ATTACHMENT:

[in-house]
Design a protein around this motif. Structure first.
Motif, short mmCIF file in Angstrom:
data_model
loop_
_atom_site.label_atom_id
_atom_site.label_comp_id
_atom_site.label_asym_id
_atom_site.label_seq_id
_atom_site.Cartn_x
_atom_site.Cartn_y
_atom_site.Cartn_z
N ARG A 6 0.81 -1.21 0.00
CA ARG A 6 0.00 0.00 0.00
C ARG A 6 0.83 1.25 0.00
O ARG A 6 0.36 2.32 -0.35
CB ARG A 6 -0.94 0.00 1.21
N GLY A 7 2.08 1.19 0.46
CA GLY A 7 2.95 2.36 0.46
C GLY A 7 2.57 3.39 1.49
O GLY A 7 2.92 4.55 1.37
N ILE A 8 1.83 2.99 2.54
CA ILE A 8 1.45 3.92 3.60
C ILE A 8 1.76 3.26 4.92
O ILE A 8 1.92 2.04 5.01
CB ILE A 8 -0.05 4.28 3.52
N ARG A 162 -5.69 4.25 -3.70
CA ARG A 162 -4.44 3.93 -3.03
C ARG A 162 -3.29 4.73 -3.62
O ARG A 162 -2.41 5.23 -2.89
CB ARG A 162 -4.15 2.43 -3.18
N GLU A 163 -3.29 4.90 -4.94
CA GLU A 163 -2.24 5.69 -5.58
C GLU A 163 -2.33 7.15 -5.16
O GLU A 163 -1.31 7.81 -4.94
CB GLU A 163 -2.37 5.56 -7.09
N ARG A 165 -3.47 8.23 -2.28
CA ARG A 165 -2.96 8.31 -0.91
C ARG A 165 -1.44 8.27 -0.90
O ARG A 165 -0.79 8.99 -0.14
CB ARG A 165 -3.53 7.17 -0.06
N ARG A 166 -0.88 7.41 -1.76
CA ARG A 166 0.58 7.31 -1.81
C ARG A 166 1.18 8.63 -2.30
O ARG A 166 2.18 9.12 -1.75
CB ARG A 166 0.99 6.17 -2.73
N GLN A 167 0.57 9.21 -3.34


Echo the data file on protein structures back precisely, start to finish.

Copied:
[in-house]
Design a protein around this motif. Structure first.
Motif, short mmCIF file in Angstrom:
data_model
loop_
_atom_site.label_atom_id
_atom_site.label_comp_id
_atom_site.label_asym_id
_atom_site.label_seq_id
_atom_site.Cartn_x
_atom_site.Cartn_y
_atom_site.Cartn_z
N ARG A 6 0.81 -1.21 0.00
CA ARG A 6 0.00 0.00 0.00
C ARG A 6 0.83 1.25 0.00
O ARG A 6 0.36 2.32 -0.35
CB ARG A 6 -0.94 0.00 1.21
N GLY A 7 2.08 1.19 0.46
CA GLY A 7 2.95 2.36 0.46
C GLY A 7 2.57 3.39 1.49
O GLY A 7 2.92 4.55 1.37
N ILE A 8 1.83 2.99 2.54
CA ILE A 8 1.45 3.92 3.60
C ILE A 8 1.76 3.26 4.92
O ILE A 8 1.92 2.04 5.01
CB ILE A 8 -0.05 4.28 3.52
N ARG A 162 -5.69 4.25 -3.70
CA ARG A 162 -4.44 3.93 -3.03
C ARG A 162 -3.29 4.73 -3.62
O ARG A 162 -2.41 5.23 -2.89
CB ARG A 162 -4.15 2.43 -3.18
N GLU A 163 -3.29 4.90 -4.94
CA GLU A 163 -2.24 5.69 -5.58
C GLU A 163 -2.33 7.15 -5.16
O GLU A 163 -1.31 7.81 -4.94
CB GLU A 163 -2.37 5.56 -7.09
N ARG A 165 -3.47 8.23 -2.28
CA ARG A 165 -2.96 8.31 -0.91
C ARG A 165 -1.44 8.27 -0.90
O ARG A 165 -0.79 8.99 -0.14
CB ARG A 165 -3.53 7.17 -0.06
N ARG A 166 -0.88 7.41 -1.76
CA ARG A 166 0.58 7.31 -1.81
C ARG A 166 1.18 8.63 -2.30
O ARG A 166 2.18 9.12 -1.75
CB ARG A 166 0.99 6.17 -2.73
N GLN A 167 0.57 9.21 -3.34